You might recall that Willie was forced to resign his ministry when it emerged that he had lodged an affidavit with the High Court which contained untrue evidence.

The national press, including the Irish Times, seem to have accepted the spin that Willie put on the matter and are reporting that he withdrew his evidence in a libel case.

The affidavit had nothing to do with the libel case.

It was sworn in an action taken by Maurice Quinlivan under an electoral act — a case which Willie won because the court relied on the sworn evidence in his affidavit. Contrary to what Willie later said, the statement was never withdrawn because an affidavit, once lodged with the court, remains as evidence, even if the information it contains is factually untrue.

To repeat: Willie O Dea did not withdraw or amend this affidavit  because he didn’t have the power to do so.

Following publication of the details, there was speculation that Willie might be prosecuted, because swearing a false statement is normally considered perjury.  However, the DPP this week decided not to proceed against him.

When making a public statement on the matter, Willie made an extraordinary claim thatthe DPP had decided there was no case to answer.

I have no idea how he has this information, since the DPP’s office never comments on the reasons for not bringing a prosecution.  It never says that a person has no case to answer.

The only way Willie could know that the DPP thinks he has no case to answer is if somebody in the DPP’s office told him so.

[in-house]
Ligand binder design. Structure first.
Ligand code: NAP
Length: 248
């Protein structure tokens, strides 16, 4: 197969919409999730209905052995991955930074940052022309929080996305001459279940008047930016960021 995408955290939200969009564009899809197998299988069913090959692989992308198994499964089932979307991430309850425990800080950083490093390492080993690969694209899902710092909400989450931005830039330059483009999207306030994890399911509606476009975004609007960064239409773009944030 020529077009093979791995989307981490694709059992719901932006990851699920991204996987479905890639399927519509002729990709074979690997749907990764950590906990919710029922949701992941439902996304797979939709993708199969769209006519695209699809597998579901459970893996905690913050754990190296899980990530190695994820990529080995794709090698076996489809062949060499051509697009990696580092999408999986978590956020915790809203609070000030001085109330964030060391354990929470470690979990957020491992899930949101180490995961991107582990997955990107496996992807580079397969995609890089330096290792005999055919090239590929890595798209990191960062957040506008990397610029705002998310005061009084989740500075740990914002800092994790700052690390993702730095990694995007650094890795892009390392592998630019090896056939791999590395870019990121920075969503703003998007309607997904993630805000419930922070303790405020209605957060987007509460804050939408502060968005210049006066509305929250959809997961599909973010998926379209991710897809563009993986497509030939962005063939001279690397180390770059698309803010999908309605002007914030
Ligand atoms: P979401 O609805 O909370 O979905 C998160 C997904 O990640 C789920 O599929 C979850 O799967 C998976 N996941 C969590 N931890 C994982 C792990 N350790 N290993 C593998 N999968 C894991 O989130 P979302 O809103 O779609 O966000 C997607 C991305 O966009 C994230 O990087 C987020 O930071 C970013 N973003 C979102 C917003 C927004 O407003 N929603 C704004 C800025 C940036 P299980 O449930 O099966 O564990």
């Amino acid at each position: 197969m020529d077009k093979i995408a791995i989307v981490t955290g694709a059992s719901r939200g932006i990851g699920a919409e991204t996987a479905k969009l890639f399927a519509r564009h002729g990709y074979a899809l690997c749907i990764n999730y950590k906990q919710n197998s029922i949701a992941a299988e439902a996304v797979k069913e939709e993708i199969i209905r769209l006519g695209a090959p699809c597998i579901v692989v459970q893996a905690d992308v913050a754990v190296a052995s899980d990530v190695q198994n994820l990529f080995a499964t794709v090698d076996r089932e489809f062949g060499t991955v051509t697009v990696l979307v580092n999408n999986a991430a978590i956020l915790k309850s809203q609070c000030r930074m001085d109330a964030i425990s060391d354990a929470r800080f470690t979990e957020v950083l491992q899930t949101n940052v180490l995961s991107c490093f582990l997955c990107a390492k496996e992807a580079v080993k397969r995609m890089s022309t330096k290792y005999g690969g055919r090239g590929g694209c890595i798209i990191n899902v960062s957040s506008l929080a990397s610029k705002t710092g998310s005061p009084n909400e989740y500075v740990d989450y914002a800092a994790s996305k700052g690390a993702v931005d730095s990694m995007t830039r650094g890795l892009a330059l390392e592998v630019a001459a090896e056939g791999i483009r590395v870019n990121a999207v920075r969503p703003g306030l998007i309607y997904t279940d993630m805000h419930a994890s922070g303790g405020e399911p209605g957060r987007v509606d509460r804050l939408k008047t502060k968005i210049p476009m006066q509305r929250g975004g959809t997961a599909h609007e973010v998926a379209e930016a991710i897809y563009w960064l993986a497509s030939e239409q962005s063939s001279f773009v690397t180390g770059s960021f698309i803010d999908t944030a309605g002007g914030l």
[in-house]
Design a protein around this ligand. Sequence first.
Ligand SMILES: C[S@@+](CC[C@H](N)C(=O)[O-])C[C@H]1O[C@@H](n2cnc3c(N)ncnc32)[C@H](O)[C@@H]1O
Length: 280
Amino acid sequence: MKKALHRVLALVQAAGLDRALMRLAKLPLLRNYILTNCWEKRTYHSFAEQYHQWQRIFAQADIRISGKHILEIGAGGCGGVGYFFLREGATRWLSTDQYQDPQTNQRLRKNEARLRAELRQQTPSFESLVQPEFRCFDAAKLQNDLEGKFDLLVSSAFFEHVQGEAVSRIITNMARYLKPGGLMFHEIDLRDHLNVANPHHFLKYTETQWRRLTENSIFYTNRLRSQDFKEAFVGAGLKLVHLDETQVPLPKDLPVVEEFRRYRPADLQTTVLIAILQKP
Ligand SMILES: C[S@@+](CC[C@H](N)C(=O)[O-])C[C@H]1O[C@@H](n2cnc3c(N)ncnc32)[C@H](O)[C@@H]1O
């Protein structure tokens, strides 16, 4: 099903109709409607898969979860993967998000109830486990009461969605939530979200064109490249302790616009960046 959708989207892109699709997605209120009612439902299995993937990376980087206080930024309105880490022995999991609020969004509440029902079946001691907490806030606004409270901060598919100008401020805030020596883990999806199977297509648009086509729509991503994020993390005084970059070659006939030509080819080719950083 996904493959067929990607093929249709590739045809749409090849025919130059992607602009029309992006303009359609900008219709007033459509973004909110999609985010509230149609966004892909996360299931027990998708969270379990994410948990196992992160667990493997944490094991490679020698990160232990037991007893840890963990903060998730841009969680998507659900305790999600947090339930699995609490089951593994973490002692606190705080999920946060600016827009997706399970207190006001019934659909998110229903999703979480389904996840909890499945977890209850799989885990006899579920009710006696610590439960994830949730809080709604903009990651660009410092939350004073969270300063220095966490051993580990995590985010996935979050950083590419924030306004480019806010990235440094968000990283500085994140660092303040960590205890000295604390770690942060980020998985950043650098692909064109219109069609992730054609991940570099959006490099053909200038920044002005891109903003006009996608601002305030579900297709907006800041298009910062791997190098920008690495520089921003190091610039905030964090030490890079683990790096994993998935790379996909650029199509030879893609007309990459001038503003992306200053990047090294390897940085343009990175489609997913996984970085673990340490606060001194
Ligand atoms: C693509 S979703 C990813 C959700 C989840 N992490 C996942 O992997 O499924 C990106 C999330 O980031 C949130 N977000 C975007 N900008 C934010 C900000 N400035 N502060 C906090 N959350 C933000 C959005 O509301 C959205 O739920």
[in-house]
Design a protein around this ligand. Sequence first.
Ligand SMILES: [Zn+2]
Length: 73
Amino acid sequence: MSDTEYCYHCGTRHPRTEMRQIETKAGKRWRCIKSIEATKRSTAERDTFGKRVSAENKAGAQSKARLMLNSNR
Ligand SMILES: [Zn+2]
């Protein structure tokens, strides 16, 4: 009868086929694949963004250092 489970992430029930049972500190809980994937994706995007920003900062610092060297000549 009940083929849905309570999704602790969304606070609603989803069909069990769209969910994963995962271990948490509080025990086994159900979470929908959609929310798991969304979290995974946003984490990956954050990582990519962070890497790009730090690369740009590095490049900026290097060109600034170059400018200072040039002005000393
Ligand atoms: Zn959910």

That would be gross political interference in the workings of the DPP’s office and, if true, warrants an investigation to discover what officials, and at what level, are communicating privately with politicians.

If the Gardaí told him the DPP believes he has no case to answer, then they have exceeded their authority, and have extended a courtesy to Willie that you or I would not receive.

On the other hand, it might simply be waffle from Willie, which would be nothing new.


Trevor Sargent Resigns Following Political Action by Gardai

Is this the start of the coup?  It seems that elements within our police force have colluded with a political party to force the resignation of a government minister.

Trevor Sargent has resigned after a letter he wrote in June 2008 to a policeman became public.

The letter concerned a man who complained to a parent about vandalism, and was  headbutted and hospitalised for his trouble.

Now, if I had been headbutted by the scumbag father of a scumbag vandal, I might well find myself engaging in threatening and abusive behaviour too, and if I was charged by the local cops, as a result of trying to prevent vandalism in my neighbourhood, I think I’d be outraged.